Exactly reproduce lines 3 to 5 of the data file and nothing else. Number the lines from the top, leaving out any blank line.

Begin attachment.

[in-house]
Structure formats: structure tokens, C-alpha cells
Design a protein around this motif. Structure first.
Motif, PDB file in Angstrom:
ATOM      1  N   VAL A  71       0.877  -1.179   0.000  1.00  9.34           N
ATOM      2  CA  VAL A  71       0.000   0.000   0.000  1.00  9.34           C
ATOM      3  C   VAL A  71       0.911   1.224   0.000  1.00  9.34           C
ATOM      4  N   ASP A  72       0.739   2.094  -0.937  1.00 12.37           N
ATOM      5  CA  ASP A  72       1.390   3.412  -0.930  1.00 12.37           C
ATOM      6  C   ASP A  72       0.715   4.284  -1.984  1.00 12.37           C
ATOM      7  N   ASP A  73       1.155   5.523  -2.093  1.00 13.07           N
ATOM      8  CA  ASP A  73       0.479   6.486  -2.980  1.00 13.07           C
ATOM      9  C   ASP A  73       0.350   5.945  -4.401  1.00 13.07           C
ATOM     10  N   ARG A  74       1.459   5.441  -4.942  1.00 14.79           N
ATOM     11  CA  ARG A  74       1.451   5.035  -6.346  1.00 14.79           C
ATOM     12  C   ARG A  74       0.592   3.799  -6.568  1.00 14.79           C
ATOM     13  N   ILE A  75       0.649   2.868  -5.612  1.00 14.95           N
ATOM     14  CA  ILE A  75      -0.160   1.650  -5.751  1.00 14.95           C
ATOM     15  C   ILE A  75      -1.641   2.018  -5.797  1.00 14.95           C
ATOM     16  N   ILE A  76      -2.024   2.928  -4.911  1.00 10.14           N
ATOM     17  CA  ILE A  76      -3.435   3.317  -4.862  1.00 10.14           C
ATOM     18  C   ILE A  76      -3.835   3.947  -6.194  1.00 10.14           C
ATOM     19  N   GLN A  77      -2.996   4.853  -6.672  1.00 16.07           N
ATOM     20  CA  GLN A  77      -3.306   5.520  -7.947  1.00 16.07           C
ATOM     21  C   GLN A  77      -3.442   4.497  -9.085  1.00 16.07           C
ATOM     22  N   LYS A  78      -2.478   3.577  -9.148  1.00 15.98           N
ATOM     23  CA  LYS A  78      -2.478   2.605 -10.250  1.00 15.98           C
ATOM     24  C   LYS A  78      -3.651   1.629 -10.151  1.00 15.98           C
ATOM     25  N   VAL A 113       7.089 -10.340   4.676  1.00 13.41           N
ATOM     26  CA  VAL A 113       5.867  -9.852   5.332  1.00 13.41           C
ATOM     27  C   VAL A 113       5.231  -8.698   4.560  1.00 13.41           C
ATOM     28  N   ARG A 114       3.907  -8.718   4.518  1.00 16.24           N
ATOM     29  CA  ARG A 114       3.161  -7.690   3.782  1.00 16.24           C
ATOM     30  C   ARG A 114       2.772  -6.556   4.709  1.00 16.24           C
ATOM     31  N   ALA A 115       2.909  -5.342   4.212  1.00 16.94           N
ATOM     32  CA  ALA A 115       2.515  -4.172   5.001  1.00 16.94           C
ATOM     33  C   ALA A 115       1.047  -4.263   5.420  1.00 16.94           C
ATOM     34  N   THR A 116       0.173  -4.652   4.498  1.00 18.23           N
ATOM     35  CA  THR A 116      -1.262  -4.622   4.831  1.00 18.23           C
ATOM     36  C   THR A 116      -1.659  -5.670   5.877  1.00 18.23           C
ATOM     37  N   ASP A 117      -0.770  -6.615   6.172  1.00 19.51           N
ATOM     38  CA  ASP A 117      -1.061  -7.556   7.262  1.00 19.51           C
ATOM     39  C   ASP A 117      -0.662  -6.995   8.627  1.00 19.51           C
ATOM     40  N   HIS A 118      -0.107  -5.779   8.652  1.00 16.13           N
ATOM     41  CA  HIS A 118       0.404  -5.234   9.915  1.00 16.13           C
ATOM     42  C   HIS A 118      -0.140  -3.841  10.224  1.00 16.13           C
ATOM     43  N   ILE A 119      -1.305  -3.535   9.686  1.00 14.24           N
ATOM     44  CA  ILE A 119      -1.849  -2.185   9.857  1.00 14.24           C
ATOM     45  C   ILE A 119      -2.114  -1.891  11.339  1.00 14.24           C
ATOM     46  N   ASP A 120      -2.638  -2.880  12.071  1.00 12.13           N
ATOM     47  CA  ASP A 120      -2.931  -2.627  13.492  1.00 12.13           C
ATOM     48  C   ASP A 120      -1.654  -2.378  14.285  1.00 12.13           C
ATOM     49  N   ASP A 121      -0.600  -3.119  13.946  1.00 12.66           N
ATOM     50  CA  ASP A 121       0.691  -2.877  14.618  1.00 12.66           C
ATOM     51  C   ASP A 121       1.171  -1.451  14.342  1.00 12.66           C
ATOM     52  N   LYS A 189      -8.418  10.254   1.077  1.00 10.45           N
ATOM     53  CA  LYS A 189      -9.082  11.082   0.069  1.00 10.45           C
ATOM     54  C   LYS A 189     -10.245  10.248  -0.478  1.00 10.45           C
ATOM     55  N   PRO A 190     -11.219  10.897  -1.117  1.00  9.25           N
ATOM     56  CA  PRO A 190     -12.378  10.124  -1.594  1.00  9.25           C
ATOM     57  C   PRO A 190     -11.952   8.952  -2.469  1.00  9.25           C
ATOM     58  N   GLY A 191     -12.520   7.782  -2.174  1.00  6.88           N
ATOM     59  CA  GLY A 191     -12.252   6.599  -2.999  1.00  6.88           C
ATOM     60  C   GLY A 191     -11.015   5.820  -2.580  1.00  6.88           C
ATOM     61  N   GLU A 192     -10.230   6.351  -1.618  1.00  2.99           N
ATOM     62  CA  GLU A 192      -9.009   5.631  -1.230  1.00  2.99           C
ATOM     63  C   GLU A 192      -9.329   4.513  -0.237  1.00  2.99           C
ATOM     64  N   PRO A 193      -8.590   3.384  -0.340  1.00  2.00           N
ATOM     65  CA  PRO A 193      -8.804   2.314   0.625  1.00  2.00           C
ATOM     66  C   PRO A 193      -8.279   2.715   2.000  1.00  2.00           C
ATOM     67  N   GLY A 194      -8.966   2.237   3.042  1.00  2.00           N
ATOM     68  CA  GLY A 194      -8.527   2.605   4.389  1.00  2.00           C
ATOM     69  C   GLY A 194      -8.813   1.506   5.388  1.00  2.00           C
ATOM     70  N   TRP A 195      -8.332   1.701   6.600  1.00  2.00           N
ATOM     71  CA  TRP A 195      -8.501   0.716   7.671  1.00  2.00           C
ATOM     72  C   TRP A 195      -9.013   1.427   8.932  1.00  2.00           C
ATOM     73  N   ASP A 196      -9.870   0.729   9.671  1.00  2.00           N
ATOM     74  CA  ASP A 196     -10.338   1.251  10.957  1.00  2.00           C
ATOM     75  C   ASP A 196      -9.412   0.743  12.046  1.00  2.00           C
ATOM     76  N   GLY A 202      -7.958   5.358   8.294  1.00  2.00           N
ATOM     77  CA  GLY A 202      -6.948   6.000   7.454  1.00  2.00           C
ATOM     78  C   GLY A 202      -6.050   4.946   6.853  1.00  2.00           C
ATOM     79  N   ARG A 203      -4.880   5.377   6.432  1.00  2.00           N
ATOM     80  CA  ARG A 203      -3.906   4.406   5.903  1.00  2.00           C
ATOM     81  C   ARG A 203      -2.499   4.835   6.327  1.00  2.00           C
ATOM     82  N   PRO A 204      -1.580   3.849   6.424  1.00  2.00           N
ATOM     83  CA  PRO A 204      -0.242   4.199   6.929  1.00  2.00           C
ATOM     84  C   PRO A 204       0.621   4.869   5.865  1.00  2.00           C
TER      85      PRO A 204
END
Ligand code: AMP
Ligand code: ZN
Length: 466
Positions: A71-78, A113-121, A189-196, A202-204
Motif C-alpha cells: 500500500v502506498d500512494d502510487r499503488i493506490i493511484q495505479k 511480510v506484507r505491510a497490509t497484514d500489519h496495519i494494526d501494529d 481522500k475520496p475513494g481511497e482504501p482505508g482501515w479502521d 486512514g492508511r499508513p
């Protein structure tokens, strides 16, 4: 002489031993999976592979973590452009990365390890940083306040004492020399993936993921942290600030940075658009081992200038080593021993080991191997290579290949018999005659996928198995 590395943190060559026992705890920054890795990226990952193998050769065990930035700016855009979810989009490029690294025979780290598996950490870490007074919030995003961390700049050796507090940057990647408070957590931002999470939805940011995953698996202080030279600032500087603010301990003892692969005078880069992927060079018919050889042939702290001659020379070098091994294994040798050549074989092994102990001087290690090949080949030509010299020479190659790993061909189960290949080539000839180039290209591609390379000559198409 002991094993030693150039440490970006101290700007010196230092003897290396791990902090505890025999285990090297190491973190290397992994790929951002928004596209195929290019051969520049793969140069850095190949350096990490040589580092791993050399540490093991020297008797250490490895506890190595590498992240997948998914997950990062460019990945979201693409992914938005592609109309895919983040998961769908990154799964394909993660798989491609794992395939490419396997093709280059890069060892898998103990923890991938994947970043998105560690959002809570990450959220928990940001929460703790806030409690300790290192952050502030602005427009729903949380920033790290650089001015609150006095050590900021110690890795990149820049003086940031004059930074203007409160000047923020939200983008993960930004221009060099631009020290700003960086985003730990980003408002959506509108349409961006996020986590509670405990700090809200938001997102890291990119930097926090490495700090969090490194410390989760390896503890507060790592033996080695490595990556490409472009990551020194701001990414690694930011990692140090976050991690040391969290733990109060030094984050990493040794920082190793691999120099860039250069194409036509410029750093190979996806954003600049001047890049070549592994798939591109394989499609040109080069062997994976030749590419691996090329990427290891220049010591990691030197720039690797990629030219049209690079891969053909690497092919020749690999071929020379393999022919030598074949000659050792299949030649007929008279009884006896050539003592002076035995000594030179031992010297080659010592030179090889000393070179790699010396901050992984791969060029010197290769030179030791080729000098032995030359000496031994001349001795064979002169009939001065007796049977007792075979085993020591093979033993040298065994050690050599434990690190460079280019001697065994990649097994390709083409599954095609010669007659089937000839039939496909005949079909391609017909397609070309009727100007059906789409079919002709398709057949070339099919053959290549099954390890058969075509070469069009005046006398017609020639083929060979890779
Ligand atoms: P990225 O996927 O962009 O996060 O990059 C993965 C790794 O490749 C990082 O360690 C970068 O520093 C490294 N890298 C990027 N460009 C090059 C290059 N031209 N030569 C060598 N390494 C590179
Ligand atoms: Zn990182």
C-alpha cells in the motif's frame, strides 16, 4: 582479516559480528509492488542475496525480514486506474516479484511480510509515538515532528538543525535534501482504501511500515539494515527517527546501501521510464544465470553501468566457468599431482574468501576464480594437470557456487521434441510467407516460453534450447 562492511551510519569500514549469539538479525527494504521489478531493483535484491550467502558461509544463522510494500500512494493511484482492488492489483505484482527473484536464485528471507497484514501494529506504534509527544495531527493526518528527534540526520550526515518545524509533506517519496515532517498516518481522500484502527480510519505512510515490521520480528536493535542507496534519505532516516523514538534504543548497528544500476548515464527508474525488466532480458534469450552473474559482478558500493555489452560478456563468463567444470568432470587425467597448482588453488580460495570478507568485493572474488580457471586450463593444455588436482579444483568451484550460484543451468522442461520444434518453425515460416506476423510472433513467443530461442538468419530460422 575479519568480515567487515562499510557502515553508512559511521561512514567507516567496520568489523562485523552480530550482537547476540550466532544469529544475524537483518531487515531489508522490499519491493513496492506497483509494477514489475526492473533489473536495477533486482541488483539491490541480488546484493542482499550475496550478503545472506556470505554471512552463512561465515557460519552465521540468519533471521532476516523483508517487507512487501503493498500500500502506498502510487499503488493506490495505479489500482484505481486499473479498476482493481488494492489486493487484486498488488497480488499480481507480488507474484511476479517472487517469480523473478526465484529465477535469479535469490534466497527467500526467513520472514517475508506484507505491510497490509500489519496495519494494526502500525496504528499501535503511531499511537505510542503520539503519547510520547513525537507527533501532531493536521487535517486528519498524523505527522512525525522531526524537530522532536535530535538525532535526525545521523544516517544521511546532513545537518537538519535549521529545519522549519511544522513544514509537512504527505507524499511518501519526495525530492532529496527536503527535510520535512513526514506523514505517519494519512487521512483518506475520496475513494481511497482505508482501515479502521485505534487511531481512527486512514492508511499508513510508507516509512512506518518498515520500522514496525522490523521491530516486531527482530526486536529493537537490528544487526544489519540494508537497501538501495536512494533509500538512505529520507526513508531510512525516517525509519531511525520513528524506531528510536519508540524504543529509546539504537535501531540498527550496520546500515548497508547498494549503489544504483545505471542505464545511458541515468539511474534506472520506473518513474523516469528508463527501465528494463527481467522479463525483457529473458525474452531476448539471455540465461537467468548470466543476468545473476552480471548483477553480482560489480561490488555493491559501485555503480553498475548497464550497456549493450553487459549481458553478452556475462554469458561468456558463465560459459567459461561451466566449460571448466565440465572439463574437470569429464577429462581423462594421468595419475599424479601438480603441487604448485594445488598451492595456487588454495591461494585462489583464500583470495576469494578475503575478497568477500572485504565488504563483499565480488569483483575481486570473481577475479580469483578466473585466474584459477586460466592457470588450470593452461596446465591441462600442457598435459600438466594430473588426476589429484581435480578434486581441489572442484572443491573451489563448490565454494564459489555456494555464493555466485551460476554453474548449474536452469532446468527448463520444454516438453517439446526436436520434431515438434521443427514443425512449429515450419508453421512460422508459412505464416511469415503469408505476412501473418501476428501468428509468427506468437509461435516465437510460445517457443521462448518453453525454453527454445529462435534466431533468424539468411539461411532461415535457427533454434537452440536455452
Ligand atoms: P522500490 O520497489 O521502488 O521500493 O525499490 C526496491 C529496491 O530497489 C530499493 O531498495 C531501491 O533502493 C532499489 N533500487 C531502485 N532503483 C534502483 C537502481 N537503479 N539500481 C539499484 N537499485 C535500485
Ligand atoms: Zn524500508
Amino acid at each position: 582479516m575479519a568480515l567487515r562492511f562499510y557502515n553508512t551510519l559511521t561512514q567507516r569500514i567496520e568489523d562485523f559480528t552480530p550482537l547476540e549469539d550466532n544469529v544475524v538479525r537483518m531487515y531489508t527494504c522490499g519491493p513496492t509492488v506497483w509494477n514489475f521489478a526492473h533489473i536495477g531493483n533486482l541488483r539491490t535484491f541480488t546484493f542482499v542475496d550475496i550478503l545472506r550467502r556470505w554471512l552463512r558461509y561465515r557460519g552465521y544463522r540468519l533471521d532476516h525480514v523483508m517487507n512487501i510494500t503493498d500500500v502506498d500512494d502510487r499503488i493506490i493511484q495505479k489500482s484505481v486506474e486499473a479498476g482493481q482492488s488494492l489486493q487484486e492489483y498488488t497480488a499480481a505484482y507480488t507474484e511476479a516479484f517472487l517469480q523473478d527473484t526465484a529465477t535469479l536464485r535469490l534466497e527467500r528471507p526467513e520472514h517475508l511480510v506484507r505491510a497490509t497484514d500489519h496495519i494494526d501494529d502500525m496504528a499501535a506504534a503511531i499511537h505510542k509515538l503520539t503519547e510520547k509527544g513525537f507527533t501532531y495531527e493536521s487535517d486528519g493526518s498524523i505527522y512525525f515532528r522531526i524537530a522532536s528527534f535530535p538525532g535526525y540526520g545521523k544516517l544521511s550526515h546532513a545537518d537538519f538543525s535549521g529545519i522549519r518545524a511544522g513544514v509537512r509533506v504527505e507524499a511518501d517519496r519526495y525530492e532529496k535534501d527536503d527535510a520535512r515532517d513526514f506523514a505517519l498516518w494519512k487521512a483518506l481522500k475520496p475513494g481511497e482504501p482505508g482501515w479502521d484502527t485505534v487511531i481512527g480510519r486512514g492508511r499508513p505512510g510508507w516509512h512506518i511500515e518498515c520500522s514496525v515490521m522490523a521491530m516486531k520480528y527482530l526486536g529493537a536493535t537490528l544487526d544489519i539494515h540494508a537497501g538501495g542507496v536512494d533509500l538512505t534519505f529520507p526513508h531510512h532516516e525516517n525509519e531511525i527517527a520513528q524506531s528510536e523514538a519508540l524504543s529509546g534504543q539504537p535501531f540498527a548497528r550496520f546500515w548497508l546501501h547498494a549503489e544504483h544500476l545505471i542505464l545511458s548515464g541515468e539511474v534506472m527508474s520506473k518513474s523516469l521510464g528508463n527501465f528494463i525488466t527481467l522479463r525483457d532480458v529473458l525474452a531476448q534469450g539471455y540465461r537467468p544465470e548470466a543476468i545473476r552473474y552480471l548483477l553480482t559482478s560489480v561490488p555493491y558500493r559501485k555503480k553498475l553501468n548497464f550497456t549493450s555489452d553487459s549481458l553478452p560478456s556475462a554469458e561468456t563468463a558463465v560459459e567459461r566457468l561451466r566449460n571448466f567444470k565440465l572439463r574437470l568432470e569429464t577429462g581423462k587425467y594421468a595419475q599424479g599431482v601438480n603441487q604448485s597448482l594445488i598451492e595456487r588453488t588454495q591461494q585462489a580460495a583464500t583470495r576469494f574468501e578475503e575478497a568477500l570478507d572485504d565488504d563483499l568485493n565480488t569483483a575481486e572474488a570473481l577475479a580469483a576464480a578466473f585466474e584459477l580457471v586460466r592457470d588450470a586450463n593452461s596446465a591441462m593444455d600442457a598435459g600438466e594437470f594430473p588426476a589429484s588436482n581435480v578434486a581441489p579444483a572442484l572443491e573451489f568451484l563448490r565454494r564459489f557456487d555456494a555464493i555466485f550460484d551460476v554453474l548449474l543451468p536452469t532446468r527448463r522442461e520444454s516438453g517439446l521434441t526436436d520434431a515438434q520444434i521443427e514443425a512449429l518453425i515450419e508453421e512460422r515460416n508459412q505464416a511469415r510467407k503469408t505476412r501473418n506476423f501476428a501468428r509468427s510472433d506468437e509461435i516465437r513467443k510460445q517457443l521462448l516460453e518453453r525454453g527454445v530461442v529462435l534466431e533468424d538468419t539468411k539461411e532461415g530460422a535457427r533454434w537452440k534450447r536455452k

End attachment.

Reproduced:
Design a protein around this motif. Structure first.
Motif, PDB file in Angstrom:
ATOM      1  N   VAL A  71       0.877  -1.179   0.000  1.00  9.34           N